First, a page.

I. Before he describes the temptation in its strength he lays down a great and unquestionable truth, which he resolves to adhere to, and which, if firmly believed, will be sufficient to break the force of the temptation. This has been the way of God’s people in grappling with this difficulty. Job, before he discourses of this matter, lays down the doctrine of God’s omniscience (Job 24:1), Jeremiah the doctrine of his righteousness (Jer. 12:1), another prophet that of his holiness (Hab. 1:13), the psalmist that of his goodness and peculiar favour to his own people (Ps. 73:1), and that is it which Solomon here fastens upon and resolves to abide by, that, though good and evil seem to be dispensed promiscuously, yet God has a particular care of and concern for his own people: The righteous and the wise, and their works, are in the hand of God, under his special protection and guidance; all their affairs are managed by him for their good; all their wise and righteous actions are in his hand, to be recompensed in the other world, though not in this. They seem as if they were given up into the hand of their enemies, but it is not so. Men have no power against them but what is given them from above. The events that affect them do not come to pass by chance, but all according to the will and counsel of God, which will turn that to be for them which seemed to be most against them. Let this make us easy, whatever happens, that all God’s saints are in his hand, Deu. 33:3; Jn. 10:29; Ps. 31:15.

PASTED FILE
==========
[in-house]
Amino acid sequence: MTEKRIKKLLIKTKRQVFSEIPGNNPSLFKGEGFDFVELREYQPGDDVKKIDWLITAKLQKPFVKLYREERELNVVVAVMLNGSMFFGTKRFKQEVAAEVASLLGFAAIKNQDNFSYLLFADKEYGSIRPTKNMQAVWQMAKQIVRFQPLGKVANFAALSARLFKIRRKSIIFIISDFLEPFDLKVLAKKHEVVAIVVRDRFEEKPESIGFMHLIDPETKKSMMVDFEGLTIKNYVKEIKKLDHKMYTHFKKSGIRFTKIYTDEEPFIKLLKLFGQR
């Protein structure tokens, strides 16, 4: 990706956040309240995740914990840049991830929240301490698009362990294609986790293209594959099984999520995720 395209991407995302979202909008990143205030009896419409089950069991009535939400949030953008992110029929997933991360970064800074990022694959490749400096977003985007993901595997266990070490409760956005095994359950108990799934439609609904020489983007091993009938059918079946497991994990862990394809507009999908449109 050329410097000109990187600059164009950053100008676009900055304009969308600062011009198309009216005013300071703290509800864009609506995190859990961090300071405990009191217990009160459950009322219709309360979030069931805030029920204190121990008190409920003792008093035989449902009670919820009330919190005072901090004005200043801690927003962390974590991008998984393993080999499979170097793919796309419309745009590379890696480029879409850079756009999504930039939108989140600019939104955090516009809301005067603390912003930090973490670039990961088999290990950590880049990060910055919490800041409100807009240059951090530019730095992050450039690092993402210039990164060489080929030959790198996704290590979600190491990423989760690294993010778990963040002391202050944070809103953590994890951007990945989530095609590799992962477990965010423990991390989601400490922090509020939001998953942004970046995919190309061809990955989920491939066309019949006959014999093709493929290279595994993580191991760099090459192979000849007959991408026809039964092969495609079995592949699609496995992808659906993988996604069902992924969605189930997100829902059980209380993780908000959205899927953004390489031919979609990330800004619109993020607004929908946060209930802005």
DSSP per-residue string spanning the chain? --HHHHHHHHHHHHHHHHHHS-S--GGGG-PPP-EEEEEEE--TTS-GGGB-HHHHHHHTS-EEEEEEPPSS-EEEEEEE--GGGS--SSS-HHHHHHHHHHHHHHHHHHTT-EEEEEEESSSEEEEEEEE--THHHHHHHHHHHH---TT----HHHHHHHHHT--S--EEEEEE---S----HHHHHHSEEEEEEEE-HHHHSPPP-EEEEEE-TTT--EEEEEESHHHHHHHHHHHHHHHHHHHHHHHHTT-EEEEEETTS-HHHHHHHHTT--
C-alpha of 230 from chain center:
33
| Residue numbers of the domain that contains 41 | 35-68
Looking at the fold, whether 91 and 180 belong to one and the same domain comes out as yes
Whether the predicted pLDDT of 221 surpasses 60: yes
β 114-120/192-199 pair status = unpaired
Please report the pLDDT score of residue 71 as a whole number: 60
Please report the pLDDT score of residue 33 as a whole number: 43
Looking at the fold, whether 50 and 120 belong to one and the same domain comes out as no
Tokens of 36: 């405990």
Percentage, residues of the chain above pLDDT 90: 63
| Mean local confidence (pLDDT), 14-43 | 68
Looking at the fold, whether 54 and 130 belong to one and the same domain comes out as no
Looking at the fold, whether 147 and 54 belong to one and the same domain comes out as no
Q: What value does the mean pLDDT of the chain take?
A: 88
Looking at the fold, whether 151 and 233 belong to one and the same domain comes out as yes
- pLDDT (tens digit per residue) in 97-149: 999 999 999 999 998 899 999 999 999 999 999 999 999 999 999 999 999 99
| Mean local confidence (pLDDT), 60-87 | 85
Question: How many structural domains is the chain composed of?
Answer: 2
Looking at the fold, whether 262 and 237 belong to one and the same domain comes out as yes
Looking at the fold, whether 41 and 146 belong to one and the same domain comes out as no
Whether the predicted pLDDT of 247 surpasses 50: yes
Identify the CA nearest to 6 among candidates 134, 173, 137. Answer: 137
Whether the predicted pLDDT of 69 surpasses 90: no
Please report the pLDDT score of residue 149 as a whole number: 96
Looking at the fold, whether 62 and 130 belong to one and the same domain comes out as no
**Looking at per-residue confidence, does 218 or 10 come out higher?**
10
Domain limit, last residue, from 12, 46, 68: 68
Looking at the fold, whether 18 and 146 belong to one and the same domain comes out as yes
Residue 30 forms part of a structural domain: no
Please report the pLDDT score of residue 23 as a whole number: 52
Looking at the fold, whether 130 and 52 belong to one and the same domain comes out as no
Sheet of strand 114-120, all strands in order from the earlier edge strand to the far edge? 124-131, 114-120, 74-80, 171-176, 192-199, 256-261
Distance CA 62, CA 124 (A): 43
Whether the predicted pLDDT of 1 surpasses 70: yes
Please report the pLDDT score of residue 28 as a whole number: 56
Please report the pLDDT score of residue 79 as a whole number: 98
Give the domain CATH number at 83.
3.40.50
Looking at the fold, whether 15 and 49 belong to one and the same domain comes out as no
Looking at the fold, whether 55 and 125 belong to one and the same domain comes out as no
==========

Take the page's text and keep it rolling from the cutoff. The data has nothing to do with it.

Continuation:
II. He lays this down for a rule, that the love and hatred of God are not to be measured and judged of by men’s outward condition. If prosperity were a certain sign of God’s love, and affliction of his hatred, then it might justly be an offence to us to see the wicked and godly fare alike. But the matter is not so: No man knows either love or hatred by all that is before him in this world, by those things that are the objects of sense. These we may know by that which is within us; if we love God with all our heart, thereby we may know that he loves us, as we may know likewise that we are under his wrath if we be governed by that carnal mind which is enmity to him. These will be known by that which shall be hereafter, by men’s everlasting state; it is certain that men are happy or miserable according as they are under the love or hatred of God, but not according as they are under the smiles or frowns of the world; and therefore if God loves a righteous man (as certainly he does) he is happy, though the world frown upon him; and if he hates a wicked man (as certainly he does) he is miserable, though the world smile upon him. Then the offence of this promiscuous distribution of events has ceased.